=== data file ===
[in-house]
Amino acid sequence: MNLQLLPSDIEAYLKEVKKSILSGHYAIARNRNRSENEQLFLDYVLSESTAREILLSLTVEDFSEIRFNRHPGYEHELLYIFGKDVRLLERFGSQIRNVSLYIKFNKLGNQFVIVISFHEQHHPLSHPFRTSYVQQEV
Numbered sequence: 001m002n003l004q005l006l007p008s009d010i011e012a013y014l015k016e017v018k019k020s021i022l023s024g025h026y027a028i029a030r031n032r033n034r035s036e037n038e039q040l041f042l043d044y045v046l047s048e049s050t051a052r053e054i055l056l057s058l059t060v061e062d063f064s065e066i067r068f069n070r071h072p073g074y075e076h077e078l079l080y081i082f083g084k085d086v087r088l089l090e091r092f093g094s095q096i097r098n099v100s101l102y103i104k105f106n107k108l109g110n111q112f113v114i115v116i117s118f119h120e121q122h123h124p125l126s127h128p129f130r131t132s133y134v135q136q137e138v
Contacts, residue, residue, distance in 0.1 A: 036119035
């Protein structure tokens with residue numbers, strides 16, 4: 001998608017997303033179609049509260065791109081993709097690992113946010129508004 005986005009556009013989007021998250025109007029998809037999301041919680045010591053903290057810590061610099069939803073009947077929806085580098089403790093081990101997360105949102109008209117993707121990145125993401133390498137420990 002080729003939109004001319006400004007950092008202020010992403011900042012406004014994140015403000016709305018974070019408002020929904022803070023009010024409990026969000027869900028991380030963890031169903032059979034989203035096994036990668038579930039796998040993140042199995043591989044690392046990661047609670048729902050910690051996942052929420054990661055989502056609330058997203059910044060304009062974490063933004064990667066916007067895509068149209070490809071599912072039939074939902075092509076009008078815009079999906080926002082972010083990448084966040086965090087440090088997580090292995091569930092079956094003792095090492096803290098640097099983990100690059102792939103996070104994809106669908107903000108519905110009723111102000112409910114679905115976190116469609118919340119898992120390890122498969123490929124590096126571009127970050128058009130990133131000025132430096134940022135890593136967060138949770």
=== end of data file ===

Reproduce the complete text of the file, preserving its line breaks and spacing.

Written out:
[in-house]
Amino acid sequence: MNLQLLPSDIEAYLKEVKKSILSGHYAIARNRNRSENEQLFLDYVLSESTAREILLSLTVEDFSEIRFNRHPGYEHELLYIFGKDVRLLERFGSQIRNVSLYIKFNKLGNQFVIVISFHEQHHPLSHPFRTSYVQQEV
Numbered sequence: 001m002n003l004q005l006l007p008s009d010i011e012a013y014l015k016e017v018k019k020s021i022l023s024g025h026y027a028i029a030r031n032r033n034r035s036e037n038e039q040l041f042l043d044y045v046l047s048e049s050t051a052r053e054i055l056l057s058l059t060v061e062d063f064s065e066i067r068f069n070r071h072p073g074y075e076h077e078l079l080y081i082f083g084k085d086v087r088l089l090e091r092f093g094s095q096i097r098n099v100s101l102y103i104k105f106n107k108l109g110n111q112f113v114i115v116i117s118f119h120e121q122h123h124p125l126s127h128p129f130r131t132s133y134v135q136q137e138v
Contacts, residue, residue, distance in 0.1 A: 036119035
């Protein structure tokens with residue numbers, strides 16, 4: 001998608017997303033179609049509260065791109081993709097690992113946010129508004 005986005009556009013989007021998250025109007029998809037999301041919680045010591053903290057810590061610099069939803073009947077929806085580098089403790093081990101997360105949102109008209117993707121990145125993401133390498137420990 002080729003939109004001319006400004007950092008202020010992403011900042012406004014994140015403000016709305018974070019408002020929904022803070023009010024409990026969000027869900028991380030963890031169903032059979034989203035096994036990668038579930039796998040993140042199995043591989044690392046990661047609670048729902050910690051996942052929420054990661055989502056609330058997203059910044060304009062974490063933004064990667066916007067895509068149209070490809071599912072039939074939902075092509076009008078815009079999906080926002082972010083990448084966040086965090087440090088997580090292995091569930092079956094003792095090492096803290098640097099983990100690059102792939103996070104994809106669908107903000108519905110009723111102000112409910114679905115976190116469609118919340119898992120390890122498969123490929124590096126571009127970050128058009130990133131000025132430096134940022135890593136967060138949770």